The Centers for Disease Control and Prevention is reminding laboratory workers to be diligent about wearing protective gear, after it found that an Illinois researcher died in 2009 from exposure to plague-causing bacteria.
The 60-year-old researcher, a university employee, had been working with a strain of the bacteria Yersinia pestis. He died of cardiac arrest shortly after going to the hospital for what appeared to be flu symptoms, the CDC said in a report released today (Feb. 24).
After determining the cause of death, health agencies and the university began a safety investigation and learned that the man had inconsistently complied with the laboratory policy to wear gloves while handling the bacterial cultures, the CDC report said.
However, experts at the CDC did not rule out that the researcher could have been infected by the bacteria elsewhere on his skin or mucous membranes, such as his mouth or nose.
The CDC report did not identify the man or his university. According to a report from Chicago television station WLS in 2009, he was Malcolm Casadaban, a longtime professor of molecular genetics at the University of Chicago. His family said Casadaban had been seeking to develop a plague vaccine, and was working with a weakened strain of the bacteria.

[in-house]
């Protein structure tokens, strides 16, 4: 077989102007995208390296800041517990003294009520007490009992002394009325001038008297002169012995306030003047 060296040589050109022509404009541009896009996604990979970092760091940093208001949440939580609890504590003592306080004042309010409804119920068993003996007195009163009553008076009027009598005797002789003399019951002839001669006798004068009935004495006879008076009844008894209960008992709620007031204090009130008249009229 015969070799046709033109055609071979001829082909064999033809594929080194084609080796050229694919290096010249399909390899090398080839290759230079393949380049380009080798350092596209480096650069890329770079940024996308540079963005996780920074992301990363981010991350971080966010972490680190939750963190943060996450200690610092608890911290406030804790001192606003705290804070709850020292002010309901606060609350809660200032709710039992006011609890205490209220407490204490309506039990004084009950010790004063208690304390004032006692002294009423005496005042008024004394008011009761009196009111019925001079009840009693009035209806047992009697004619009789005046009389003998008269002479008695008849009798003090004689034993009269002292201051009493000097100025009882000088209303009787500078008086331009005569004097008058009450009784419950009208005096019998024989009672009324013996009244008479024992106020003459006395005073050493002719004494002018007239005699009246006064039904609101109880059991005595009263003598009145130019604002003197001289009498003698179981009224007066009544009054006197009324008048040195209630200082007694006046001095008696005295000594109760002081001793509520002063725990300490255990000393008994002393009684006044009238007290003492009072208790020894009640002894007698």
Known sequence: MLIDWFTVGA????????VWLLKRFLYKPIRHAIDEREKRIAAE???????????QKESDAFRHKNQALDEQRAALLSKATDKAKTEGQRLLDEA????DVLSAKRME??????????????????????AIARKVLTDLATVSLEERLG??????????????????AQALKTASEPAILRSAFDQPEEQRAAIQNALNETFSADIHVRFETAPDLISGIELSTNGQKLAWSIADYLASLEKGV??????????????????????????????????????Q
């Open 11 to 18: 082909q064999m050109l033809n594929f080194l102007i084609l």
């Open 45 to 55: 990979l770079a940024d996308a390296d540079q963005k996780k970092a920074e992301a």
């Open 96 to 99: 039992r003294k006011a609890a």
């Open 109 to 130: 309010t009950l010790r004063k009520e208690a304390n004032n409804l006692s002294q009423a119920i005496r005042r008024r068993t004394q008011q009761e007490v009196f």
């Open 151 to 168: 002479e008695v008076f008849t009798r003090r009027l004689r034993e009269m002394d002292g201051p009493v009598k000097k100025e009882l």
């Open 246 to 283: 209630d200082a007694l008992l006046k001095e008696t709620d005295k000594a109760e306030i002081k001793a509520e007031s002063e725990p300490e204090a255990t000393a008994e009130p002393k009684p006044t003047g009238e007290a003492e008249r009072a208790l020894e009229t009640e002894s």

The CDC report said he had hemochromatosis, a condition in which too much iron is absorbed into body tissues from foods in the gastrointestinal tract. Because Y. pestis bacteria are naturally iron-deficient, the extra iron in the man may have fed the bacteria and caused them to become virulent, the report said.
The researcher sought care from a physician Sept. 10, 2009, six days after he had last worked in the lab. But that doctor thought the problem was a respiratory infection or the flu, and referred him to an emergency department, the report said.
Three days later the researcher was brought by ambulance to an emergency department because of fever, cough, and worsening of his shortness of breath. He died there after suffering septic shock and cardiac arrest, the report said.
Blood tests later revealed he was infected with the bacteria. The Chicago Department of Public Health was then notified.
Before then, the last known laboratory-acquired infection with Y. pestis bacteria in the United States occurred in 1959, the CDC report said. That person, who inhaled the bacteria, did not die.
Pass it on: Lab workers should wear protective gear in the lab, especially after a researcher died in 2009 from lab exposure to a causative agent of the plague.
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